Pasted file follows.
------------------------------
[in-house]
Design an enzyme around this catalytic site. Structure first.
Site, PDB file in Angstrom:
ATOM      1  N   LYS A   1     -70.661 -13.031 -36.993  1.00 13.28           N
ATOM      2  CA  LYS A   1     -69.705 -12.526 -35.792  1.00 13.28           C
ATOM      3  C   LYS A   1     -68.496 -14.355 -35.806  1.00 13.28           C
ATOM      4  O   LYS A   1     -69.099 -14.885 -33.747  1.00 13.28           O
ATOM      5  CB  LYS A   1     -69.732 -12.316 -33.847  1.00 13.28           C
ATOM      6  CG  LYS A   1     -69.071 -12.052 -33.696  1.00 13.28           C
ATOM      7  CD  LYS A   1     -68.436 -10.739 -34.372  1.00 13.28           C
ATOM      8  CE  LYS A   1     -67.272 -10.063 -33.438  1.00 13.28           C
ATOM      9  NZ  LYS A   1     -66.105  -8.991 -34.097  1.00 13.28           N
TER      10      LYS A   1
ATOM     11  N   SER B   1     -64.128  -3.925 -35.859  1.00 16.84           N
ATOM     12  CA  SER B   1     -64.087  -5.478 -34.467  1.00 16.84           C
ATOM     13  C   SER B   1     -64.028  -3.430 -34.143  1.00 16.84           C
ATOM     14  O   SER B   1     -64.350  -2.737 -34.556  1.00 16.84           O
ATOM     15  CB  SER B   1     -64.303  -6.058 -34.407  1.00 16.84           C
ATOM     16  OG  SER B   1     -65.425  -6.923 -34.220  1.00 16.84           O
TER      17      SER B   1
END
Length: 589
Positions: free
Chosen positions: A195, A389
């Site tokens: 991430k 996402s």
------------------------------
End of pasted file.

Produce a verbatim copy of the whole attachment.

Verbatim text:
[in-house]
Design an enzyme around this catalytic site. Structure first.
Site, PDB file in Angstrom:
ATOM      1  N   LYS A   1     -70.661 -13.031 -36.993  1.00 13.28           N
ATOM      2  CA  LYS A   1     -69.705 -12.526 -35.792  1.00 13.28           C
ATOM      3  C   LYS A   1     -68.496 -14.355 -35.806  1.00 13.28           C
ATOM      4  O   LYS A   1     -69.099 -14.885 -33.747  1.00 13.28           O
ATOM      5  CB  LYS A   1     -69.732 -12.316 -33.847  1.00 13.28           C
ATOM      6  CG  LYS A   1     -69.071 -12.052 -33.696  1.00 13.28           C
ATOM      7  CD  LYS A   1     -68.436 -10.739 -34.372  1.00 13.28           C
ATOM      8  CE  LYS A   1     -67.272 -10.063 -33.438  1.00 13.28           C
ATOM      9  NZ  LYS A   1     -66.105  -8.991 -34.097  1.00 13.28           N
TER      10      LYS A   1
ATOM     11  N   SER B   1     -64.128  -3.925 -35.859  1.00 16.84           N
ATOM     12  CA  SER B   1     -64.087  -5.478 -34.467  1.00 16.84           C
ATOM     13  C   SER B   1     -64.028  -3.430 -34.143  1.00 16.84           C
ATOM     14  O   SER B   1     -64.350  -2.737 -34.556  1.00 16.84           O
ATOM     15  CB  SER B   1     -64.303  -6.058 -34.407  1.00 16.84           C
ATOM     16  OG  SER B   1     -65.425  -6.923 -34.220  1.00 16.84           O
TER      17      SER B   1
END
Length: 589
Positions: free
Chosen positions: A195, A389
């Site tokens: 991430k 996402s």